Quality Assurance Guidelines for Breast Pathology Services
July 2011 (2nd edition) | ISBN 978 1 84463 072 1
Although the primary method of screening for breast cancer is radiological rather than pathological, the quality of pathology services is of crucial importance as the definitive diagnosis of cancer is almost invariably made by pathologists. It is essential, therefore, not only for them to distinguish cancer from benign conditions, but for all pathologists (including those working in the symptomatic breast services) to report histological features of prognostic significance consistently. This will ensure that screening programmes are properly monitored and that all patients are treated appropriately.
- NHSBSP home page
- Programme publications
About breast screening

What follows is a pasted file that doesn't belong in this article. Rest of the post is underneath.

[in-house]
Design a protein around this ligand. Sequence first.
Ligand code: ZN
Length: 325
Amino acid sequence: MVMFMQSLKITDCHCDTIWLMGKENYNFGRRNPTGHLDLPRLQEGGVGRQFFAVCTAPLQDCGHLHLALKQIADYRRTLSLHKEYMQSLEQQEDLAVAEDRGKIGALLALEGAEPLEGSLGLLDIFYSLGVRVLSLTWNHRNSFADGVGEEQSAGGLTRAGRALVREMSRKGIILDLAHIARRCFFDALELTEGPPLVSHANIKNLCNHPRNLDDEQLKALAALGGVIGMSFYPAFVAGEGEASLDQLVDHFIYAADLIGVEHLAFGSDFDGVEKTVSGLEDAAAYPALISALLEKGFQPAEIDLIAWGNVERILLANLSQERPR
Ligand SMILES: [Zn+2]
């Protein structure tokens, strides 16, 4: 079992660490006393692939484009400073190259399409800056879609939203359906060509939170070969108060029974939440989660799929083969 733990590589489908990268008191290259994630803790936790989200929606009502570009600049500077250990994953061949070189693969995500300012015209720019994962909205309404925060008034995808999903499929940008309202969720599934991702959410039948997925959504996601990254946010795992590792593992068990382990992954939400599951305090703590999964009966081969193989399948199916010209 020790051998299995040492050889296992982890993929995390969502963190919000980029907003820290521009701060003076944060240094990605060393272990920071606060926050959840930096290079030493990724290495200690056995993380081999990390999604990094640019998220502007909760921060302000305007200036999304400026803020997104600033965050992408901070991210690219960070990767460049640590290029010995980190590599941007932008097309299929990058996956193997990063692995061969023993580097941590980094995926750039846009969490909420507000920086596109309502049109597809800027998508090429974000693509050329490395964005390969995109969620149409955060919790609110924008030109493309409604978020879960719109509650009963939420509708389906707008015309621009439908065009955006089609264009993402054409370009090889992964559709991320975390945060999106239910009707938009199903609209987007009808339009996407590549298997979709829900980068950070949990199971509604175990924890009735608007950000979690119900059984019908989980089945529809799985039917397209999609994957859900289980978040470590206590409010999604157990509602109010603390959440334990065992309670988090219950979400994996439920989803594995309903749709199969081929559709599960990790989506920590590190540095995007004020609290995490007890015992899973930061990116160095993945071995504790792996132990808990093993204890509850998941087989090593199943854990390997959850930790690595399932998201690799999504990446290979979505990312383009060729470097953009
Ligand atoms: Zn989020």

- What is breast screening?
- What does the NHS Breast Screening Programme do?
- When was the NHS Breast Screening Programme set up?
- What happens at a breast screening unit?
- Why are women under 50 not routinely invited?
- Are women screened over the age of 70?
- Screening women at higher risk
- Does breast screening save lives?
- Does breast screening have any risks?
- What is Digital Mammography?
- Research in breast screening
- About breast cancer
- Programme logistics
- Frequently asked questions
- Programme statistics
- Mammography equipment reports
- Programme news index
- Useful links